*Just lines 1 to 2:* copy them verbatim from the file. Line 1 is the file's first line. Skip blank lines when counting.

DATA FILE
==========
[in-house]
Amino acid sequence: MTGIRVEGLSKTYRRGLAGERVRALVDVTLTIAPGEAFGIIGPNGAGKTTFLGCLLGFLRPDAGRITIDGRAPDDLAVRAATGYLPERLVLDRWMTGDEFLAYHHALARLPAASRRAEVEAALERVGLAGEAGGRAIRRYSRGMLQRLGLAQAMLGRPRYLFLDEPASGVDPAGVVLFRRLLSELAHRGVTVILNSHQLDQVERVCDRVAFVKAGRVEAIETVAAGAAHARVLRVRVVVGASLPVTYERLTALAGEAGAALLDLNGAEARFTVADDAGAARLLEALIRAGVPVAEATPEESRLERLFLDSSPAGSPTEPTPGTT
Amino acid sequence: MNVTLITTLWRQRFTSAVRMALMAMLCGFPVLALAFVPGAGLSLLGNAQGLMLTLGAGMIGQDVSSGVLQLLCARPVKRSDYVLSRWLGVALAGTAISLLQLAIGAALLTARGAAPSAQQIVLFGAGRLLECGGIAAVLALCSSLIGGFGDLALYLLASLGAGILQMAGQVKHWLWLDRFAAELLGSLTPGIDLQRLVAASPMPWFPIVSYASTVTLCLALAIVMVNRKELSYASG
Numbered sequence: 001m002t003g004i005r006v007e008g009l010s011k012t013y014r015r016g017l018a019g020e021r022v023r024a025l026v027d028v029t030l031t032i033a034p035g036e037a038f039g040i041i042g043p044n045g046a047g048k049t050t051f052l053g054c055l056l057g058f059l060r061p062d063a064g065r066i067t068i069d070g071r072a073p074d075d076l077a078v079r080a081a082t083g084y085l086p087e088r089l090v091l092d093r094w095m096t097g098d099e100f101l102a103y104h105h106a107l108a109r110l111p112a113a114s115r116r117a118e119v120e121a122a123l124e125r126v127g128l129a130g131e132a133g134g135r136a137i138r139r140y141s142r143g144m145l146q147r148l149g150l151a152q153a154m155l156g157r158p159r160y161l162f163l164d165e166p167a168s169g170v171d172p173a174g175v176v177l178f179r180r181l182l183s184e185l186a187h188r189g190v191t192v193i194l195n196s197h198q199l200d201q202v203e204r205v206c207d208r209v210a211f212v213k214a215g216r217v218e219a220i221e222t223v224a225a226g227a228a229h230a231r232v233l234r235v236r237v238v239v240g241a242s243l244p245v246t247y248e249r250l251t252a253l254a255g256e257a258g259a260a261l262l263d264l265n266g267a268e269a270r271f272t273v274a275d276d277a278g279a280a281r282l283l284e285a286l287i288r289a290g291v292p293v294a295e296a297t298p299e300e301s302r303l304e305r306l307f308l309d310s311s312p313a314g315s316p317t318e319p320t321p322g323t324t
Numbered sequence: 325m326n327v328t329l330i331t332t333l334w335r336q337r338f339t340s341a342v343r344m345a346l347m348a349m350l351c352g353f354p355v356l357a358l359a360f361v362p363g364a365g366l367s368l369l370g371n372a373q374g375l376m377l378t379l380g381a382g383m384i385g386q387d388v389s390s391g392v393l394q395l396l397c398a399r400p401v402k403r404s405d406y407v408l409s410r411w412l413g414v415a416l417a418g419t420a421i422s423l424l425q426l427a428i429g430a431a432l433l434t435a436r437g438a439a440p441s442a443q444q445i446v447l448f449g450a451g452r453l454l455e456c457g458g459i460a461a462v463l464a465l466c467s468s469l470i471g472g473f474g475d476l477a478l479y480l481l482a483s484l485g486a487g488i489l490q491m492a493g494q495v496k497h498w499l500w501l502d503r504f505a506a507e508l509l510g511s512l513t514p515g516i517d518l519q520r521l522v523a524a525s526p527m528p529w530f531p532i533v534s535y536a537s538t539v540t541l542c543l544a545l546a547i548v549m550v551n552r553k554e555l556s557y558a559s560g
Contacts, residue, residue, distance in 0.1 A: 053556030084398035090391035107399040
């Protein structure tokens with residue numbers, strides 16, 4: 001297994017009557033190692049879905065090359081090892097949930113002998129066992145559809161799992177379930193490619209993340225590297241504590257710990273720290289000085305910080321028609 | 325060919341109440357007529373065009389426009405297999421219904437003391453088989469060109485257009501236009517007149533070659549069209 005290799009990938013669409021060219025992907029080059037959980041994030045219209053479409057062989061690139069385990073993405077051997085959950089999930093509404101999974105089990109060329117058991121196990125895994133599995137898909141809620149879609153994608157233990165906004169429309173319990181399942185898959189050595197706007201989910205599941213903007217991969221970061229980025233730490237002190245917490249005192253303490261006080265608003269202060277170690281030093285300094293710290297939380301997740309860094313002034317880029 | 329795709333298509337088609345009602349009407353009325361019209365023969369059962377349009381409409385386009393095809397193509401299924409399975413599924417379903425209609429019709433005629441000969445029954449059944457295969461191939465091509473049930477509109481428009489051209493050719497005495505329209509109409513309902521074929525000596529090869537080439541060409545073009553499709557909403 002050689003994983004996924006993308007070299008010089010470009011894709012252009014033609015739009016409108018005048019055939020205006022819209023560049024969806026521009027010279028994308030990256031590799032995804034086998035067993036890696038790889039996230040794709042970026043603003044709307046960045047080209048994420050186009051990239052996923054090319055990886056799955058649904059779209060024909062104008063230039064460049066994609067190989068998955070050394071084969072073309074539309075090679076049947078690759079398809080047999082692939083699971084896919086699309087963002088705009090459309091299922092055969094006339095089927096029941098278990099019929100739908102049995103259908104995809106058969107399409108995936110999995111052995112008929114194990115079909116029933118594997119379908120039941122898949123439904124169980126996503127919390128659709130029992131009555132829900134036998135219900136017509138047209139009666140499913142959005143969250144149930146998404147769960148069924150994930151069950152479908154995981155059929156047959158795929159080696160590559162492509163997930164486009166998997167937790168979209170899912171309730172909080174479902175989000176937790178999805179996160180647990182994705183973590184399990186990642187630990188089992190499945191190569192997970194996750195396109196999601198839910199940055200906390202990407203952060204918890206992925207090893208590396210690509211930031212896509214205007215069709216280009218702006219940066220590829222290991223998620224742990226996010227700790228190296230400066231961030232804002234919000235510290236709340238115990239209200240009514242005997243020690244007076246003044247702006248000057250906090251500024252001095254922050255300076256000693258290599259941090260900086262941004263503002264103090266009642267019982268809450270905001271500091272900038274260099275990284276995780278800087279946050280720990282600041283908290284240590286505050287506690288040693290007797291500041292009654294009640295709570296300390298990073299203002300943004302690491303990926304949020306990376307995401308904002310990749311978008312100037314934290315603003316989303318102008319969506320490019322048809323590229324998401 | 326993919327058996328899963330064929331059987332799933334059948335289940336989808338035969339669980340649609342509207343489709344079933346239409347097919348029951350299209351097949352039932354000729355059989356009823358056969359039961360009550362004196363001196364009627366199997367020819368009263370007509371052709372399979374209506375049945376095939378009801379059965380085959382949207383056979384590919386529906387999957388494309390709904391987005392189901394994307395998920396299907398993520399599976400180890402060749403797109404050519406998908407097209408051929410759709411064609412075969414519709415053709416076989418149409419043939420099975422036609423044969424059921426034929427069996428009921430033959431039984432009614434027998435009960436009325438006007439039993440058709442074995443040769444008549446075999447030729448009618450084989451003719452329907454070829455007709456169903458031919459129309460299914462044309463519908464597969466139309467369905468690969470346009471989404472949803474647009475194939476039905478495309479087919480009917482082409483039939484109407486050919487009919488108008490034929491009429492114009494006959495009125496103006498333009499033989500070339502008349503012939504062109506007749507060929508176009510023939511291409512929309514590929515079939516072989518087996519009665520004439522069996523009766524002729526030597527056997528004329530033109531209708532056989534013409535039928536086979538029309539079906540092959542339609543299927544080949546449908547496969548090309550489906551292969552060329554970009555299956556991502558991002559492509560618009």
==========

[in-house]
Amino acid sequence: MTGIRVEGLSKTYRRGLAGERVRALVDVTLTIAPGEAFGIIGPNGAGKTTFLGCLLGFLRPDAGRITIDGRAPDDLAVRAATGYLPERLVLDRWMTGDEFLAYHHALARLPAASRRAEVEAALERVGLAGEAGGRAIRRYSRGMLQRLGLAQAMLGRPRYLFLDEPASGVDPAGVVLFRRLLSELAHRGVTVILNSHQLDQVERVCDRVAFVKAGRVEAIETVAAGAAHARVLRVRVVVGASLPVTYERLTALAGEAGAALLDLNGAEARFTVADDAGAARLLEALIRAGVPVAEATPEESRLERLFLDSSPAGSPTEPTPGTT